Thomas Spencer (10 June 1850 – 28 November 1933) played first-class cricket for Somerset in three matches between 1891 and 1893. His birthplace is not known, and he died at Bishopsteignton, Devon.
Spencer's batting and bowling styles are not known and in his three first-class matches, one in 1891 and two in 1893, and all played when he was more than 40 years old, he batted as a tail-ender and did not bowl. His highest first-class score was 14, made in his first match, against Yorkshire, for whom George Hirst was also making his debut. Spencer had, however, played as a middle-order batsman and as an occasional bowler in other matches for Somerset during the period up to 1891 when the team's matches were not deemed first-class.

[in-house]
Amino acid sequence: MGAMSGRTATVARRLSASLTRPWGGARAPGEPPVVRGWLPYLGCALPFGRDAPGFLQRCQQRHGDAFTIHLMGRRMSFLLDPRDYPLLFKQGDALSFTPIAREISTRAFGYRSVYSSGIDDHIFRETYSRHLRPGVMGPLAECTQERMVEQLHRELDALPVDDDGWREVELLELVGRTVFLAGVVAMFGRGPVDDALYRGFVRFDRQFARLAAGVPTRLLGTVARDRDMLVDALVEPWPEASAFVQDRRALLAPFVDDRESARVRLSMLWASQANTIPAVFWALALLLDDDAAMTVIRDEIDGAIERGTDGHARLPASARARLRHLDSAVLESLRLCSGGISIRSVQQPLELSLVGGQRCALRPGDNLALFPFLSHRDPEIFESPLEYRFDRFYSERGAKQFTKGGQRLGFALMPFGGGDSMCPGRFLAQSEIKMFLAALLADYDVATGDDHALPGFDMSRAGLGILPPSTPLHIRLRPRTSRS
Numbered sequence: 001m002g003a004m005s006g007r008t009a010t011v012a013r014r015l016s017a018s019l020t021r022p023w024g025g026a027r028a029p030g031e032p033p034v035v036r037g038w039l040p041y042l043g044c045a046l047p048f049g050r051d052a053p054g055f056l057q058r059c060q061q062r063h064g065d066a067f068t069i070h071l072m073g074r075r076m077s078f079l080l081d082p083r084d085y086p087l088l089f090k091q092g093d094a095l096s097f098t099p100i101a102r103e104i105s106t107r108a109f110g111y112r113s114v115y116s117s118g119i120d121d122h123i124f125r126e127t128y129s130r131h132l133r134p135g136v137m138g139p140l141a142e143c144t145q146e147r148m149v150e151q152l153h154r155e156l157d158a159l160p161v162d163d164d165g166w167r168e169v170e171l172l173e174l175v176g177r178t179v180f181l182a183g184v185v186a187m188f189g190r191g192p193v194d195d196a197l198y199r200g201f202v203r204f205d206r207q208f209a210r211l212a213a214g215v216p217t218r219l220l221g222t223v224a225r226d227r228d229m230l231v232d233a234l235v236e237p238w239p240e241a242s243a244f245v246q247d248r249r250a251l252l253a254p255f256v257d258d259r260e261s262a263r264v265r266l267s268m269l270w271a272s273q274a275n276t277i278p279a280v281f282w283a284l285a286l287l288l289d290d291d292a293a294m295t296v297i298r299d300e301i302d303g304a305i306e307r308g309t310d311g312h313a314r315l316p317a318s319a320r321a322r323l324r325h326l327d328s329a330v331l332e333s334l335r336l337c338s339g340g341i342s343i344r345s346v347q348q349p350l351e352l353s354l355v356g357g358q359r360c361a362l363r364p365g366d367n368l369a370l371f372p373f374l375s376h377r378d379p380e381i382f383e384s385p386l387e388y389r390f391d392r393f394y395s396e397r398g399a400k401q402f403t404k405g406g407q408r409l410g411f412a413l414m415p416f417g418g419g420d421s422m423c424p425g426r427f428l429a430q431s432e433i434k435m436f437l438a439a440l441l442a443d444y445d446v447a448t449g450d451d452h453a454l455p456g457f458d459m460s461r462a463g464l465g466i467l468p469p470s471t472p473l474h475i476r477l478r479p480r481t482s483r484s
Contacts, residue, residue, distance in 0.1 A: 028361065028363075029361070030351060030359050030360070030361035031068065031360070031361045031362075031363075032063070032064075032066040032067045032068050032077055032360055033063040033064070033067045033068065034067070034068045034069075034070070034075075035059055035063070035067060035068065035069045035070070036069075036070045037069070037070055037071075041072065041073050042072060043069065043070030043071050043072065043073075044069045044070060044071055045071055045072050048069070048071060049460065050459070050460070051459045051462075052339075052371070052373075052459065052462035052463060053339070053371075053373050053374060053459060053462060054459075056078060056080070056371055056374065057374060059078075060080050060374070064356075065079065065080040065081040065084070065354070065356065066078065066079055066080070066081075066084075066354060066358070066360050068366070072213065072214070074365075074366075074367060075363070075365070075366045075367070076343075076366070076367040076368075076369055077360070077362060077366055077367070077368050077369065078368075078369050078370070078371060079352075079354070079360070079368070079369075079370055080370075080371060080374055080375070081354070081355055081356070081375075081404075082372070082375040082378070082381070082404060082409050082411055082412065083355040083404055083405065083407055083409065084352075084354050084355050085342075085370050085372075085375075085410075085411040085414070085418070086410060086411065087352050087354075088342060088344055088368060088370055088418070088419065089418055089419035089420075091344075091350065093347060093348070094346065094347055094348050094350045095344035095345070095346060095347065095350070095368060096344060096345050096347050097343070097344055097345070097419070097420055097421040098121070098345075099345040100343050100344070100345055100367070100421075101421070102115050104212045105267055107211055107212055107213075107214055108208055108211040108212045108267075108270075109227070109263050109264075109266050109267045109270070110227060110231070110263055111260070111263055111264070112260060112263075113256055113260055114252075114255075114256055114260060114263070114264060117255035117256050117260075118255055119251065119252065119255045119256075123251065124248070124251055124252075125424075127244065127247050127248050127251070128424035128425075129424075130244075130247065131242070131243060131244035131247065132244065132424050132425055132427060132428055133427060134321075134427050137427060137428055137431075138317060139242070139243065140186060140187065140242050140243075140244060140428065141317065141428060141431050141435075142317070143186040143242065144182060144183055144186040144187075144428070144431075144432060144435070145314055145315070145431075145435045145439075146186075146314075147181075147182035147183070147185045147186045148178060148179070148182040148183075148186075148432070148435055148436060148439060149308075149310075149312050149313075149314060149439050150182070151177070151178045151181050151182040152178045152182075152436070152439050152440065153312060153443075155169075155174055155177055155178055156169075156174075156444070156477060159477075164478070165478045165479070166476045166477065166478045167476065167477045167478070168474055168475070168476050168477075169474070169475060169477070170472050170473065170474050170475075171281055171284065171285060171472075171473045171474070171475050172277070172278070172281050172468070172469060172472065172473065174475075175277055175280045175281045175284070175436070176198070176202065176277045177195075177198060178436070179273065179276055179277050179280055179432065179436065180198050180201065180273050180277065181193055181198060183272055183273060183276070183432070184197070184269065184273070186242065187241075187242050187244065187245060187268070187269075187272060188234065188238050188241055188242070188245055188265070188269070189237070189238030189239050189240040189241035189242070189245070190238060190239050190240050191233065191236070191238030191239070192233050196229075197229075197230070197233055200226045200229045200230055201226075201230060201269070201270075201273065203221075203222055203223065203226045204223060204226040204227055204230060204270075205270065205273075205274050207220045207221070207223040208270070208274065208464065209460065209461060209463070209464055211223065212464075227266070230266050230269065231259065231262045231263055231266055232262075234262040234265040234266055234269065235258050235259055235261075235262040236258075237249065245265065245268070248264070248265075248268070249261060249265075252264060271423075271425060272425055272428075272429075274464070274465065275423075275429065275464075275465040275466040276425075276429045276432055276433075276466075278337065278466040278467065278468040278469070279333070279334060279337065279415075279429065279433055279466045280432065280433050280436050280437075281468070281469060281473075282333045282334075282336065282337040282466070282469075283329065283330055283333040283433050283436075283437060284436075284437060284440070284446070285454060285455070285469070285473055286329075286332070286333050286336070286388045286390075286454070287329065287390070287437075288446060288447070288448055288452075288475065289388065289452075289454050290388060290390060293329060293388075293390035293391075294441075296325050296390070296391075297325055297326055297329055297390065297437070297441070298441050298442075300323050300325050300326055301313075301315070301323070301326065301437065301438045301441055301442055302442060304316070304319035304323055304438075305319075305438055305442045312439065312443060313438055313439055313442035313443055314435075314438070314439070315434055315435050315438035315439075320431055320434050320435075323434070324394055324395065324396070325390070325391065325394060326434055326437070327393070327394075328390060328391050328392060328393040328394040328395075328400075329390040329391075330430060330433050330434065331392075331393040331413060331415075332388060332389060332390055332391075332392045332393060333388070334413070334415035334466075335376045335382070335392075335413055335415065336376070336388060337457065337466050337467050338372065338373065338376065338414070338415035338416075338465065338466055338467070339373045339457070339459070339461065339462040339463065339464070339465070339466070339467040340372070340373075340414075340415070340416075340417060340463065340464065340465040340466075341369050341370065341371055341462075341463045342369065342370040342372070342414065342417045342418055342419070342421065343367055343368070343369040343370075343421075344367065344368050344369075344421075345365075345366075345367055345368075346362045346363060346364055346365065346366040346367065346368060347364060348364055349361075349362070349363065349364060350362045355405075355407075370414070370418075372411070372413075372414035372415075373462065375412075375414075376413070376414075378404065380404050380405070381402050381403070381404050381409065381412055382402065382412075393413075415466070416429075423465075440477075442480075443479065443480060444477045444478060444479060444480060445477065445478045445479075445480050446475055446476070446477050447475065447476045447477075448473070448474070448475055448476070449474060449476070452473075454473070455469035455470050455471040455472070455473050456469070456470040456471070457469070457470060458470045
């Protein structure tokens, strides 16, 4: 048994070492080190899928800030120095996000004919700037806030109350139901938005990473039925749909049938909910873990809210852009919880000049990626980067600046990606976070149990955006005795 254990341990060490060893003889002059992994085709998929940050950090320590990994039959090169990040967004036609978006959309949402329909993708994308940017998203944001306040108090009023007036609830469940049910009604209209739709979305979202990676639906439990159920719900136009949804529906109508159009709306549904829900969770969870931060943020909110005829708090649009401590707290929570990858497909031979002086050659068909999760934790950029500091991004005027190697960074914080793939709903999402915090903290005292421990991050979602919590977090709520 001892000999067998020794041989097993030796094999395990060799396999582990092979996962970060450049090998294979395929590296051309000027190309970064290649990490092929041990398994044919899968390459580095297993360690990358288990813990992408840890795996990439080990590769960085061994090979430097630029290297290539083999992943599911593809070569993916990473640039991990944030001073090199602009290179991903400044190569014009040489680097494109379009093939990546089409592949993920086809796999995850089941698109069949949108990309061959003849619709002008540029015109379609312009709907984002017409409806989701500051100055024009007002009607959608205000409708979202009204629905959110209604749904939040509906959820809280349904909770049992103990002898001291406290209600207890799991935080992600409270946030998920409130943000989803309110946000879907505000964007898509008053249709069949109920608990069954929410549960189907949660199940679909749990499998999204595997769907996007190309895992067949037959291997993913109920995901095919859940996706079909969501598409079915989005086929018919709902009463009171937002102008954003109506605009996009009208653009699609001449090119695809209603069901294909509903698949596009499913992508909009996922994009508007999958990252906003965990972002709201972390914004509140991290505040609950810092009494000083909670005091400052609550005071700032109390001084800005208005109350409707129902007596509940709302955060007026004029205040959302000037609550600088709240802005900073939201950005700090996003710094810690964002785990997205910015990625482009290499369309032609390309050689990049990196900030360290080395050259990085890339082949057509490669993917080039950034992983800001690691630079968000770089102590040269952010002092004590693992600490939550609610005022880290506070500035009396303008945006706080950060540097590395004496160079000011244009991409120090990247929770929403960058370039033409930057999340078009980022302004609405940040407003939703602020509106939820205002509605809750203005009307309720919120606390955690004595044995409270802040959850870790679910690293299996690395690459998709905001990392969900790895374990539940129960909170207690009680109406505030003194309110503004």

Spencer's role within Somerset County Cricket Club was wider than just as a player: a history of the club indicates that at the time of the restoration of Somerset to first-class status, Spencer was helping the club secretary, H. E. Murray-Anderdon, with the administration duties, a task he handed over when Sammy Woods was recruited as an "amateur" player in need of financial assistance in 1893. Another history refers to him as the "diffident and effective joint secretary" alongside Murray-Anderdon. As a Somerset official, he attended the meeting of the County Cricket Council in December 1890 with Somerset captain Herbie Hewett at which the council unexpectedly voted to abolish itself, opening the way for the first-class counties to increase their number by arranging fixtures between themselves, with Somerset as the first beneficiary of this loosening of the rules.